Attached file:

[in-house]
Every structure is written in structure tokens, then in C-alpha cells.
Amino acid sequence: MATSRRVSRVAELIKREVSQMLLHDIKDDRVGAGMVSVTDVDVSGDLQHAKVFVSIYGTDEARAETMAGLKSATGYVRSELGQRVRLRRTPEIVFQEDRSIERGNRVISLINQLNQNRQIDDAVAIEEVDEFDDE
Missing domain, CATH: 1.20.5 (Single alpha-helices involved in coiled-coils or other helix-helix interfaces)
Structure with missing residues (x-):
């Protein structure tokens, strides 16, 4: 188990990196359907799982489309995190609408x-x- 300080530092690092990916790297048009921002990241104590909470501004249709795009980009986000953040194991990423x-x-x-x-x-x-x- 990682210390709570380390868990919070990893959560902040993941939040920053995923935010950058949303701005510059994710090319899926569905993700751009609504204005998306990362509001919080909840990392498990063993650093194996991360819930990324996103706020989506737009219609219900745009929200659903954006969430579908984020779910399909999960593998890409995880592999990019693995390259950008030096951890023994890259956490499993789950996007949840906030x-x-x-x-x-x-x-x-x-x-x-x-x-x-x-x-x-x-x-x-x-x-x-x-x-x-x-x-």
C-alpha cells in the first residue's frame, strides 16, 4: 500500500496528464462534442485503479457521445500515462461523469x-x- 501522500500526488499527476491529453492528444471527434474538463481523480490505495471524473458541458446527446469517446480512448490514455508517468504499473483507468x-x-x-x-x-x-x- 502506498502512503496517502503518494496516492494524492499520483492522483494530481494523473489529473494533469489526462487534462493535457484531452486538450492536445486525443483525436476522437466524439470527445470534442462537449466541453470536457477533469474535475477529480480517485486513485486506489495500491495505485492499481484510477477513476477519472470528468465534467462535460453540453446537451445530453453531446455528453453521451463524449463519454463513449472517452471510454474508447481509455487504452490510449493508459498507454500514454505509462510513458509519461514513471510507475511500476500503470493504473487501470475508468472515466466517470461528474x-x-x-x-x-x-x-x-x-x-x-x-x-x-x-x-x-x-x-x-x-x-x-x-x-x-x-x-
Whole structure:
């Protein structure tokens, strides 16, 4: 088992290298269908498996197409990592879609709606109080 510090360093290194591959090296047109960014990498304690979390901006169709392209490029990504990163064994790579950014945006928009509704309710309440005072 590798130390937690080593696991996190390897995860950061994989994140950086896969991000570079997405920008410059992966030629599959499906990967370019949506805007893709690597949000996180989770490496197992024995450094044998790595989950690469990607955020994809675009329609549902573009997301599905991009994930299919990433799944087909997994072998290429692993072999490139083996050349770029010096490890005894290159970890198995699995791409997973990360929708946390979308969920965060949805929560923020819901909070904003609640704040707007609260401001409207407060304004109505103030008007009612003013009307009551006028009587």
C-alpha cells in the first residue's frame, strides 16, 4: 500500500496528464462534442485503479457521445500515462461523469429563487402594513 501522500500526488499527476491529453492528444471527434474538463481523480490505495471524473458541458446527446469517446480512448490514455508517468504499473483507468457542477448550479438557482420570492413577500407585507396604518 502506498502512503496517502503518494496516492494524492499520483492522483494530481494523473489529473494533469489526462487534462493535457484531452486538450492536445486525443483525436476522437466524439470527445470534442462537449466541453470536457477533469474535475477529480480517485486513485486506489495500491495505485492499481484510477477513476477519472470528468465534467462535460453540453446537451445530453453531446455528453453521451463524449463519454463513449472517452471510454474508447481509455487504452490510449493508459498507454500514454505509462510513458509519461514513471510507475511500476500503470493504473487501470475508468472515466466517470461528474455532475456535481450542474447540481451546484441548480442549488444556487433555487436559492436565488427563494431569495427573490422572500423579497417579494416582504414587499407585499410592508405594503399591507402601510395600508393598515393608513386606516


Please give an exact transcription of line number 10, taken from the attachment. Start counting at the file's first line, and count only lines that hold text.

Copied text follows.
C-alpha cells in the first residue's frame, strides 16, 4: 500500500496528464462534442485503479457521445500515462461523469429563487402594513 501522500500526488499527476491529453492528444471527434474538463481523480490505495471524473458541458446527446469517446480512448490514455508517468504499473483507468457542477448550479438557482420570492413577500407585507396604518 502506498502512503496517502503518494496516492494524492499520483492522483494530481494523473489529473494533469489526462487534462493535457484531452486538450492536445486525443483525436476522437466524439470527445470534442462537449466541453470536457477533469474535475477529480480517485486513485486506489495500491495505485492499481484510477477513476477519472470528468465534467462535460453540453446537451445530453453531446455528453453521451463524449463519454463513449472517452471510454474508447481509455487504452490510449493508459498507454500514454505509462510513458509519461514513471510507475511500476500503470493504473487501470475508468472515466466517470461528474455532475456535481450542474447540481451546484441548480442549488444556487433555487436559492436565488427563494431569495427573490422572500423579497417579494416582504414587499407585499410592508405594503399591507402601510395600508393598515393608513386606516